Zambia mulls cutting mining royalties even further
Zambia’s government is contemplating cutting the mineral royalties for underground mines below the recently revised 9%.
According to state broadcaster ZNBC, mines minister Christopher Yaluma said that lower taxes would make underground mining more cost effective.
Zambia set mining royalties for both open-pit and underground mines at 9% in April, abandoning a short-lived tax hike that would have seen the government charging as much as 20%.
The royalty increase prompted warnings of closures and thousands of job losses, underscoring a growing trend across the continent, where governments from Tanzania to Guinea are changing tax regimes and adjusting ownership structures to get a larger share of natural resources.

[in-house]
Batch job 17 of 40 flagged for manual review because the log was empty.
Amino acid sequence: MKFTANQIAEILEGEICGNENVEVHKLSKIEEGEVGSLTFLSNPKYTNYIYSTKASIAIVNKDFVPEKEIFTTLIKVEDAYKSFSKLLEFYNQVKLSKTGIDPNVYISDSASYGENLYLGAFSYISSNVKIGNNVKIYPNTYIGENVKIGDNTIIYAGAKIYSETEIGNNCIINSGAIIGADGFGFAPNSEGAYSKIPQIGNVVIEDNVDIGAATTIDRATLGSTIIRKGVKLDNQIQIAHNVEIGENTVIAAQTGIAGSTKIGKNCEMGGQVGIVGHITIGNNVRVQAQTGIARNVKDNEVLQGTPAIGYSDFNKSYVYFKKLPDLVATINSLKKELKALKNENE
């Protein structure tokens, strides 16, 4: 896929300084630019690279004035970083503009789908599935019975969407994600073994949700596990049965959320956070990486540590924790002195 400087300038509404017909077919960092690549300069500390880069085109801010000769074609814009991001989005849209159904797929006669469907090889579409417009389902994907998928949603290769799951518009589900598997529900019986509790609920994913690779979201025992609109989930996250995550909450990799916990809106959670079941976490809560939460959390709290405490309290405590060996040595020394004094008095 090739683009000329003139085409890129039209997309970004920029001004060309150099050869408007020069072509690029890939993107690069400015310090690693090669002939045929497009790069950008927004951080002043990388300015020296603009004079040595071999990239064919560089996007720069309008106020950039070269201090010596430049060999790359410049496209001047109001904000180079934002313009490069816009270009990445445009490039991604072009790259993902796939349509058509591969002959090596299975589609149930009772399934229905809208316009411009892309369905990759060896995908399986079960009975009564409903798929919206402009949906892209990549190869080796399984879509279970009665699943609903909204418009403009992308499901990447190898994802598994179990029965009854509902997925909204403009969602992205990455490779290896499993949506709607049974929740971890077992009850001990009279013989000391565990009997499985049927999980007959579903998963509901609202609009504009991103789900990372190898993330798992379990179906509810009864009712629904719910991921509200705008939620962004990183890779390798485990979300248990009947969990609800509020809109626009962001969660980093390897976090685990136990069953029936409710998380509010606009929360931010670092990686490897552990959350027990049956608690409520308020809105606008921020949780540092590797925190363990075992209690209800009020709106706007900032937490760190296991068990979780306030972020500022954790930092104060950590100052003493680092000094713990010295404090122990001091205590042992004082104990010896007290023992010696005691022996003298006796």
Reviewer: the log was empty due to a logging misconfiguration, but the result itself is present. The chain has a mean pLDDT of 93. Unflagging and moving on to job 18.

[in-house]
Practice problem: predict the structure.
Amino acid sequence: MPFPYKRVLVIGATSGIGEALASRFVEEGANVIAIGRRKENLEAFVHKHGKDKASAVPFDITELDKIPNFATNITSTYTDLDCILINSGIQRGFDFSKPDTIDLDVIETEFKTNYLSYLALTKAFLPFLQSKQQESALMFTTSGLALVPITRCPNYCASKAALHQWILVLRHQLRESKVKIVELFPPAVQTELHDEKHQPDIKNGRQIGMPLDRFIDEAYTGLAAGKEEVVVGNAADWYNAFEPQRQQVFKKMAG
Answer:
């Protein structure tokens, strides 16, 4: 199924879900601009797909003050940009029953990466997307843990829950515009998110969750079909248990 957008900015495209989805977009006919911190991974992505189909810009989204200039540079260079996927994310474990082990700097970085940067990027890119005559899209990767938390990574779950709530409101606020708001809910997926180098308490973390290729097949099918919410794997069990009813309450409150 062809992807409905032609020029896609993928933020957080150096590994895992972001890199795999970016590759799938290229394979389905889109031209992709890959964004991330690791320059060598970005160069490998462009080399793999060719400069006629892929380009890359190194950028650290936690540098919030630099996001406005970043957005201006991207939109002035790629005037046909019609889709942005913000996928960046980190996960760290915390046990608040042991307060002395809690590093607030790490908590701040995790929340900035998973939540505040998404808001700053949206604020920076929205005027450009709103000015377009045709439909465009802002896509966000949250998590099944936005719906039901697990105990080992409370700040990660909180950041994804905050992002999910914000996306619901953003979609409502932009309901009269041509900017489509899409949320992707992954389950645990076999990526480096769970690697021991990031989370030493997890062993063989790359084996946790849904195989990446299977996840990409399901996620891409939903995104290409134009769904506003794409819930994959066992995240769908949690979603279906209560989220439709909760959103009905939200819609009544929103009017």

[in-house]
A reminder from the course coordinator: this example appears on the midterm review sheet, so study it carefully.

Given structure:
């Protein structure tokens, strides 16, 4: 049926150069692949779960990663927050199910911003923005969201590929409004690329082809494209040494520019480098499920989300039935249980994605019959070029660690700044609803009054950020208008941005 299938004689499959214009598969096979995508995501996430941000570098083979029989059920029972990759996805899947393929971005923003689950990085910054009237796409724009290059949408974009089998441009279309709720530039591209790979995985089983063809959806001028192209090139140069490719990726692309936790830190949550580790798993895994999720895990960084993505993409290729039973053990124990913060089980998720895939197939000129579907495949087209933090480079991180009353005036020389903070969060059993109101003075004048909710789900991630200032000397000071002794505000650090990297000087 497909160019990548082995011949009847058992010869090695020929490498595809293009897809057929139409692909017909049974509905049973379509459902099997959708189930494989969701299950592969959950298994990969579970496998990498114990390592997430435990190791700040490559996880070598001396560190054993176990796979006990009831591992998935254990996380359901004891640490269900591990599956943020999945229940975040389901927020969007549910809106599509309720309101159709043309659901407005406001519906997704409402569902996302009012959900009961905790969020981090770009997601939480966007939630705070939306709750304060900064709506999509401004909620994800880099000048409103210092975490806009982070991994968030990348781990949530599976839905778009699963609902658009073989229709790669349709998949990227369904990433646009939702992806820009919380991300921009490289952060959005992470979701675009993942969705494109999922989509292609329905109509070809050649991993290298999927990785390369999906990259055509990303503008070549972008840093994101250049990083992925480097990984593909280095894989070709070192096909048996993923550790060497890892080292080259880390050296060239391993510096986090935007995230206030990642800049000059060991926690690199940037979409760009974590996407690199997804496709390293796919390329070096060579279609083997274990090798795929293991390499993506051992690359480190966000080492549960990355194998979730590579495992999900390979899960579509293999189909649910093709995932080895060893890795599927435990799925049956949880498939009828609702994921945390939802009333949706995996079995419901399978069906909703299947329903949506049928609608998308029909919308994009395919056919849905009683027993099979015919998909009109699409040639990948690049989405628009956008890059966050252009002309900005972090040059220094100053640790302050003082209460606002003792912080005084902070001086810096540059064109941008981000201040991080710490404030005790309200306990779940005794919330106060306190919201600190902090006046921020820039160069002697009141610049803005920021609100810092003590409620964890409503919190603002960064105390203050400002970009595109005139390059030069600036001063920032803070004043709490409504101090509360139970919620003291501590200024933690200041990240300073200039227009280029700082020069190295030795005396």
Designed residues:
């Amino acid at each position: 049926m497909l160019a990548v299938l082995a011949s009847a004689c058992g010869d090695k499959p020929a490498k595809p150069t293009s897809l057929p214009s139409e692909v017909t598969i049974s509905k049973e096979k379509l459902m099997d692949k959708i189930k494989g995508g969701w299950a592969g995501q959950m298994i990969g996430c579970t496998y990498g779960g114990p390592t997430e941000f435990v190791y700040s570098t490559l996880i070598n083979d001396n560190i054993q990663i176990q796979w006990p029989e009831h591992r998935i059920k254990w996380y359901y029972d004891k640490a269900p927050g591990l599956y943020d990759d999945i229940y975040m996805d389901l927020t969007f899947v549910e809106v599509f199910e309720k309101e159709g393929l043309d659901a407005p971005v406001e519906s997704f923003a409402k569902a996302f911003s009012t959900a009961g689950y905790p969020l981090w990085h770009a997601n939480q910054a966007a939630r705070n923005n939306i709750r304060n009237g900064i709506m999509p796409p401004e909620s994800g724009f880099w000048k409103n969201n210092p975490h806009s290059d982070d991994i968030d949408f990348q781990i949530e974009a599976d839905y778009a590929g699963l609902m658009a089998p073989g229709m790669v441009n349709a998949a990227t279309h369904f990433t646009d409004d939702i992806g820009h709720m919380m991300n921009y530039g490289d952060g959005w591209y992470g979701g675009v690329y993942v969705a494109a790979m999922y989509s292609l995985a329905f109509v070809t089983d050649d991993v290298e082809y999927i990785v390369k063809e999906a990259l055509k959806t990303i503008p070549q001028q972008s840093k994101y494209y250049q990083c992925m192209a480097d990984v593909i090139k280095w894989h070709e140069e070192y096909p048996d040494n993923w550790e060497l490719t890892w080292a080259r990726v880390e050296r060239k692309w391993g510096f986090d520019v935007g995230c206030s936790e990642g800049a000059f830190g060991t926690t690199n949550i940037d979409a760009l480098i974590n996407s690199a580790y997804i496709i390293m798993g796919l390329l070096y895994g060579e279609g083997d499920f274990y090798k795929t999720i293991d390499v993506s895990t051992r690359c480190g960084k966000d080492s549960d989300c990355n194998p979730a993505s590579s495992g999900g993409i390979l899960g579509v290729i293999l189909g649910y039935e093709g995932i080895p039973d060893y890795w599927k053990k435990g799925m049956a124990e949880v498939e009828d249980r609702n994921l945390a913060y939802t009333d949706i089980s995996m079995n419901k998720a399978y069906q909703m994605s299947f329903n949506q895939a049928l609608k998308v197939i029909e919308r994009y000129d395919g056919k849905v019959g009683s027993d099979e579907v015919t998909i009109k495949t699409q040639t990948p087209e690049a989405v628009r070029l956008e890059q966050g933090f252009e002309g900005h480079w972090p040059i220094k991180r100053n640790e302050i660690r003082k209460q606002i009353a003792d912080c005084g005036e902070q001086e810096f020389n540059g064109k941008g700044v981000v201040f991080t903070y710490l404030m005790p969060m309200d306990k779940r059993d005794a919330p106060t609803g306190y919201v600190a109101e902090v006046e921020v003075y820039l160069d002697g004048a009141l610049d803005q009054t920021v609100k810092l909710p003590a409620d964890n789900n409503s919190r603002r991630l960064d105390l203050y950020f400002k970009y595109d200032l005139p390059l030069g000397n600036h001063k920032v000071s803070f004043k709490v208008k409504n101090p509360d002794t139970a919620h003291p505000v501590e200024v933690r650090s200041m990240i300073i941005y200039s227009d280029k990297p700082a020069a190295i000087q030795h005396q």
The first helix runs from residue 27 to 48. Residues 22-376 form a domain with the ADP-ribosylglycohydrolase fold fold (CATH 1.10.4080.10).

From 1997 to 2013, mining attracted $12.6bn in foreign investment to Zambia, according to industry figures. The capital injection helped the southern African nation become one of the continent’s star economic performers, with average annual GDP growth of 6.4% over the last decade.
Today, mining employs 90,000 people and contributes about three-quarters of the country’s foreign exchange earnings and 25-30% of government revenue.